For one thing, Dad confronts a little discussed minor aspect of American life: sometimes parents just don’t like the kids they’ve sired. It’s an issue that forms the basis for the popular 2003 novel, We Need to Talk About Kevin, by Lionel Shriver. In that tale, parents find that they have spawned a high school mass murderer. That’s an extreme slice of a probable, if only occasional, reality, that a parent can look at a child and wonder where they hell they came from. It is, of course, only one of the 10 million fears that parents have, but Goldthwait, who also wrote the script, mines with over-the-top nimbleness. Misanthropes welcome here.
For another, Goldthwait is the American poet of sexual humiliation. He evinces exquisitely honed gradations of embarrassment, frustration, and jealousy. Clayton’s co-teacher girlfriend has an inexplicable interest in him, but a supremely explicable if unstated interest in the African-American teacher, who is a single dad with a good con going, unconscious or not. There is a perfect moment when, at the nadir of Clayton’s public humiliation after confessing to the fraud, the girlfriend runs to Option No. 2 and embraces him while both shoot daggers at Clayton. A masochist couldn’t ask for a better set-up. It’s a moment worthy of those other masterpieces of sexual humiliation, Malice, The Palm Beach Story, Shampoo, and Blue Velvet.
Still, for all Dad’s occasional searing wit and tireless thumping on some of our deepest fears, the viewer still might wonder why American performers who otherwise appear to be successful prefer to dwell on failure and unhappiness and leave their protagonists with little if any hope at the end? Goldthwait has been a comic since he was 15, has been married (and divorced) with two children, and then dated Nikki Cox, his co-star on the sit-com Unhappily Ever After. Since then has had a seemingly successful career directing for television. For all intents and purposes, he has achieved a great deal. So then why does he mine childhood feelings and male neuroses? What does he get out of it and what are we supposed to apprehend?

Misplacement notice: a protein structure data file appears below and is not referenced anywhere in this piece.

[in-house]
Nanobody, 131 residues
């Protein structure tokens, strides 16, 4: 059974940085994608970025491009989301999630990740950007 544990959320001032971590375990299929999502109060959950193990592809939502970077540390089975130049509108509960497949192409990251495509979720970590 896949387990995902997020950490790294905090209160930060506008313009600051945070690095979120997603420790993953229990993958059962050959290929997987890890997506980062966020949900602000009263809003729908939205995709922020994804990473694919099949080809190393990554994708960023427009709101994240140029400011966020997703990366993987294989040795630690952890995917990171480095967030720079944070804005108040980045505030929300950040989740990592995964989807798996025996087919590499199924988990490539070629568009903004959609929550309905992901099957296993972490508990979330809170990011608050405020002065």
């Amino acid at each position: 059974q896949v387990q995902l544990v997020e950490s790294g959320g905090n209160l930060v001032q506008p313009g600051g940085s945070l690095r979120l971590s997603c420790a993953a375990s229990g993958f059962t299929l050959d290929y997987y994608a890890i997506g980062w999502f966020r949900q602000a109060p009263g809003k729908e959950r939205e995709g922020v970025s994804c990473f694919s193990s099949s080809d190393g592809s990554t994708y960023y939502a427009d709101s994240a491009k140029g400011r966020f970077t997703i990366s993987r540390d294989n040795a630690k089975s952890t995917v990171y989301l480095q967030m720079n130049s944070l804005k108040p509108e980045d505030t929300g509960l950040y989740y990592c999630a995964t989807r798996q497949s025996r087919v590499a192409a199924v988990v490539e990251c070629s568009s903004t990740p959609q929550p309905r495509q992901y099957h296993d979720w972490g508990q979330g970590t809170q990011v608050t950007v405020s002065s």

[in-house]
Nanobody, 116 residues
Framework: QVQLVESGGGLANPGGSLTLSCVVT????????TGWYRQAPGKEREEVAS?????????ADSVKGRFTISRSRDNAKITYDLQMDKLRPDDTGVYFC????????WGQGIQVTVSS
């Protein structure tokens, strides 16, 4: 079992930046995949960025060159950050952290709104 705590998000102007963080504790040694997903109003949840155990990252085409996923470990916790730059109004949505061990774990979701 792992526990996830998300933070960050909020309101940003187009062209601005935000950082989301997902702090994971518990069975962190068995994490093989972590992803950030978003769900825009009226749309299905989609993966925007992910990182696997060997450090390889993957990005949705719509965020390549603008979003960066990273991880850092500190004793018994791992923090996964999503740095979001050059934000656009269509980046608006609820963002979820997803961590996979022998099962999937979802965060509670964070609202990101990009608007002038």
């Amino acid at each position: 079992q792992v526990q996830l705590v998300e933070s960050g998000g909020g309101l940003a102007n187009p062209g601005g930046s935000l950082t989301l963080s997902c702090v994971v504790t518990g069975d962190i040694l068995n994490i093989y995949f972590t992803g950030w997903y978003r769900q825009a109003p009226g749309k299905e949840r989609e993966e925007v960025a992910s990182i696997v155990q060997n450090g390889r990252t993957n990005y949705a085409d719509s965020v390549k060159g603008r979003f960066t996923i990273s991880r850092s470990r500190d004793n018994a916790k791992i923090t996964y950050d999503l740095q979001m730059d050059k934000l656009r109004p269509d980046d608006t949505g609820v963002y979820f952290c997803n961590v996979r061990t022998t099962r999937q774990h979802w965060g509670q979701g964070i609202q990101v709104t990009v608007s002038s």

If you thought about it long enough, you could posit the theory that comics distort the world. Think of Woody Allen. Way too many guys in the 1970s seeking a relationship took Allen’s comic persona as a role model, and operated under the delusion that women might actually like self-deprecating failures because such a male might seem honest. So while ordinary shlubs are flopping with chicks all over the country, the real life Woody Allen was dating models and actresses. In mocking the conventions of movie romance Allen unintentionally unleashed a new breed of male, programed to fail. Allen is neither the first nor the last. From Chaplin to Judd Apatow, comedians have trafficked in despair, yearning, failure. Comedies are usually, really, tragedies, often with grim or at least poignant endings. As genres, both tragedies and comedies deal in calamities, with tragedy, broadly speaking, focusing on the noble, and comedy on the quotidian. In Dad, though, Goldthwait has a weird, hybrid aim. He finds that true comedy, not just satire of current social conventions, is located in the deepest recesses of our primeval minds, in our obvious and shared but unstated fears, and treats a comic tale of ordinary people as if it is a high tragedy. Like the recent Observe and Report, World’s Greatest Dad is a comedy that isn’t really a comedy, but the marketers have to call it something. It’s an interesting experiment, if it is intentional (and not just my faulty interpretation), and shows ambitions far beyond . World’s Greatest Dad may not attract the cult following of Shakes the Clown, but it may will live on for those viewers who find it an unusually true comedy